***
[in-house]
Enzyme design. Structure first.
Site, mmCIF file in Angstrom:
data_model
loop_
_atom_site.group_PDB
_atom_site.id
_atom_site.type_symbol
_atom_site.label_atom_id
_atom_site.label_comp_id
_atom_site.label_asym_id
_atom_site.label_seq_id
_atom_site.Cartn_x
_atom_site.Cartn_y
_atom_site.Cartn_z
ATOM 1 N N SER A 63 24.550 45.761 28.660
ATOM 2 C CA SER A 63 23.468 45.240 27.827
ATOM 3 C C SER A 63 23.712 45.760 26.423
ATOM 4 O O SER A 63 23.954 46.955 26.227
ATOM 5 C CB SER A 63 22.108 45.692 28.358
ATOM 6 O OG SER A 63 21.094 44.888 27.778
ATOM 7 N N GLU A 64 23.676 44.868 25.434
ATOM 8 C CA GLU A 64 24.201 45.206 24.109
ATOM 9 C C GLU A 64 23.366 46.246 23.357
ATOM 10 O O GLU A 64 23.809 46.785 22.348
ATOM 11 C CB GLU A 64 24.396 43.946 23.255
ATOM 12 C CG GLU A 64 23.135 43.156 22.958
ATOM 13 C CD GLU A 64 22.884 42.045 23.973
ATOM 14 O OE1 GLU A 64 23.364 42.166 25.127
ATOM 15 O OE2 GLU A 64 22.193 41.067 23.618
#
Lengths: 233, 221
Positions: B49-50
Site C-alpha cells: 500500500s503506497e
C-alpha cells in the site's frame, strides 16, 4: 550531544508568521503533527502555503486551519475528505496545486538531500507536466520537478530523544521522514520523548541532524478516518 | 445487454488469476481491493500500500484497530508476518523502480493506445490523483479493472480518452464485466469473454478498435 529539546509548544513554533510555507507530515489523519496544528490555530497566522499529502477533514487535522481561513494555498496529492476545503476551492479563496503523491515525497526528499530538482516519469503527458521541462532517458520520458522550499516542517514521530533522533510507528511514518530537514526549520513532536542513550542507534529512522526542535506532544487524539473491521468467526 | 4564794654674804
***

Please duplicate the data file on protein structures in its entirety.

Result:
[in-house]
Enzyme design. Structure first.
Site, mmCIF file in Angstrom:
data_model
loop_
_atom_site.group_PDB
_atom_site.id
_atom_site.type_symbol
_atom_site.label_atom_id
_atom_site.label_comp_id
_atom_site.label_asym_id
_atom_site.label_seq_id
_atom_site.Cartn_x
_atom_site.Cartn_y
_atom_site.Cartn_z
ATOM 1 N N SER A 63 24.550 45.761 28.660
ATOM 2 C CA SER A 63 23.468 45.240 27.827
ATOM 3 C C SER A 63 23.712 45.760 26.423
ATOM 4 O O SER A 63 23.954 46.955 26.227
ATOM 5 C CB SER A 63 22.108 45.692 28.358
ATOM 6 O OG SER A 63 21.094 44.888 27.778
ATOM 7 N N GLU A 64 23.676 44.868 25.434
ATOM 8 C CA GLU A 64 24.201 45.206 24.109
ATOM 9 C C GLU A 64 23.366 46.246 23.357
ATOM 10 O O GLU A 64 23.809 46.785 22.348
ATOM 11 C CB GLU A 64 24.396 43.946 23.255
ATOM 12 C CG GLU A 64 23.135 43.156 22.958
ATOM 13 C CD GLU A 64 22.884 42.045 23.973
ATOM 14 O OE1 GLU A 64 23.364 42.166 25.127
ATOM 15 O OE2 GLU A 64 22.193 41.067 23.618
#
Lengths: 233, 221
Positions: B49-50
Site C-alpha cells: 500500500s503506497e
C-alpha cells in the site's frame, strides 16, 4: 550531544508568521503533527502555503486551519475528505496545486538531500507536466520537478530523544521522514520523548541532524478516518 | 445487454488469476481491493500500500484497530508476518523502480493506445490523483479493472480518452464485466469473454478498435 529539546509548544513554533510555507507530515489523519496544528490555530497566522499529502477533514487535522481561513494555498496529492476545503476551492479563496503523491515525497526528499530538482516519469503527458521541462532517458520520458522550499516542517514521530533522533510507528511514518530537514526549520513532536542513550542507534529512522526542535506532544487524539473491521468467526 | 4564794654674804